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And of course I’m distracted. I’m not too concerned about the test. I don’t think I’ll score perfectly in every section, but I figure there’s not much use in fretting over things like this. I’ve studied. I probably could have thought about the test earlier and prepared better, but I’ve taken practice tests, identified and fixed some weak areas, and taken more practice tests.

In studying for this test, I’ve definitely realized that my college experiences have shaped the way I do things. I’m a social studier. I like to be near other people. I like occasionally talking to others. I must be plugged in–reading about my friends; reading about the country (and right now the US government is probably more frazzled than I am).

People have asked me to which universities I’m applying. A reasonable question that I meet with the vague commonplace answer of “I’m not really sure.” I’m interested in education, especially science education. I’m interested in the way people interact with objects but I can’t decide which angle I should take: behavioral economics, marketing, consumer psychology?

To be completely honest, I’m taking the GRE out of fear. I applied to a few “safety schools” for my undergraduate education, but I didn’t really fear not getting accepted into a college and I actually think I would have been very happy at any of the institutions. However, the path ahead of me is no longer predetermined–it’s no longer expected that I have to do the next grade of school after the completion of the current one (especially since I’ve already completed 13). That being said, I love learning but I feel like I have a somewhat “old school”/retro-revived mindset and want to learn through experience; I want to learn while working. But I also have the typical unrestrained view of the future for which my generation is so admired and ridiculed. I would ideally like to work like an apprentice of social entrepreneur or great consumer product designer. But because I don’t see the average productive, successful person doing things like this, but rather hiding in the walls of academia for an extra half decade, I feel like I must also hedge my bets and keep open the possibility of gaining a title after my name. And herein is my cyclic internal dilemma of being special without being left behind, different without being socially dejected.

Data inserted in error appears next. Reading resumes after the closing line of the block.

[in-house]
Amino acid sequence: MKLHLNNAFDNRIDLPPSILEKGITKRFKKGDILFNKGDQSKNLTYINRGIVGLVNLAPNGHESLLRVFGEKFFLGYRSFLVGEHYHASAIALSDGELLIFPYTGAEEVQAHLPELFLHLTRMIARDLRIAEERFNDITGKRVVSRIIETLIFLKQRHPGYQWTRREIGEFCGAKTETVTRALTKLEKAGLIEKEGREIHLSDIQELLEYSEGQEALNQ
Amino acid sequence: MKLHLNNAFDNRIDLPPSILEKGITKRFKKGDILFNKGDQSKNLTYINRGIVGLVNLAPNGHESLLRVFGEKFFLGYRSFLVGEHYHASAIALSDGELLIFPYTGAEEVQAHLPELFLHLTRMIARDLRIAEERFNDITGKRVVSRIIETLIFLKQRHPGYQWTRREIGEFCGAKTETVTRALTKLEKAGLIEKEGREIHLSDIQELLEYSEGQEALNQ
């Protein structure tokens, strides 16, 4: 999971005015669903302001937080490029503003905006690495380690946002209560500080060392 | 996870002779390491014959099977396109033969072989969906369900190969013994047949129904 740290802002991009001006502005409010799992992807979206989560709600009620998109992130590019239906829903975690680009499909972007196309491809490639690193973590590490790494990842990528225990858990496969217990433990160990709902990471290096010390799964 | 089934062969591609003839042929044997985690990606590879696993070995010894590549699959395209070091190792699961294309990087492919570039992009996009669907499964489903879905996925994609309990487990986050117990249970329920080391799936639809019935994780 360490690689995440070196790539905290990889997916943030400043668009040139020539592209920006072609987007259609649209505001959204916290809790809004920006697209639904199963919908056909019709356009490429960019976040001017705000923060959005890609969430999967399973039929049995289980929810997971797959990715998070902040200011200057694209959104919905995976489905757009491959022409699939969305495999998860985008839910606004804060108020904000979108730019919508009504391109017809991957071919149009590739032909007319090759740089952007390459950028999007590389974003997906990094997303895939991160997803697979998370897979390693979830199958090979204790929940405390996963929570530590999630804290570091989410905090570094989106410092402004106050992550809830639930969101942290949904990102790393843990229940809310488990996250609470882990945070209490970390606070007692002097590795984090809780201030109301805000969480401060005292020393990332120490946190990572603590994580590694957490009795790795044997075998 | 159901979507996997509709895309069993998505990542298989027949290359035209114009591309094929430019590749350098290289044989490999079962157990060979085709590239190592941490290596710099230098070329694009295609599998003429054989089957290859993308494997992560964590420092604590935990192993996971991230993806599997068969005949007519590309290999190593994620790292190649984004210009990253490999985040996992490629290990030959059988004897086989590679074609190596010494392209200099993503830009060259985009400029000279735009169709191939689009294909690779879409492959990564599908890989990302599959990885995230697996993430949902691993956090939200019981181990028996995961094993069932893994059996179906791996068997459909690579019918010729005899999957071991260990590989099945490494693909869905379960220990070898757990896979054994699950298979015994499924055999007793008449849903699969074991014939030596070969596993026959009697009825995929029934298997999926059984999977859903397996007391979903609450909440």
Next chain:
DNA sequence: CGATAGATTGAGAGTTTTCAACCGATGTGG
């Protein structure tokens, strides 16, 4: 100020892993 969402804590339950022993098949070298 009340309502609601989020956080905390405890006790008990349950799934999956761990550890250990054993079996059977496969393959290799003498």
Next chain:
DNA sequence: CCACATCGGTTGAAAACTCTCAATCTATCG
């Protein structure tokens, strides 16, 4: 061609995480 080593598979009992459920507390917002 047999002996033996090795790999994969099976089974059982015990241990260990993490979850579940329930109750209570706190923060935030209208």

Well, I’ve paid nearly $200 for a potential safety net–one that I may not use and one that may not be able to save me from anything–I should probably try to make it one that is strong.

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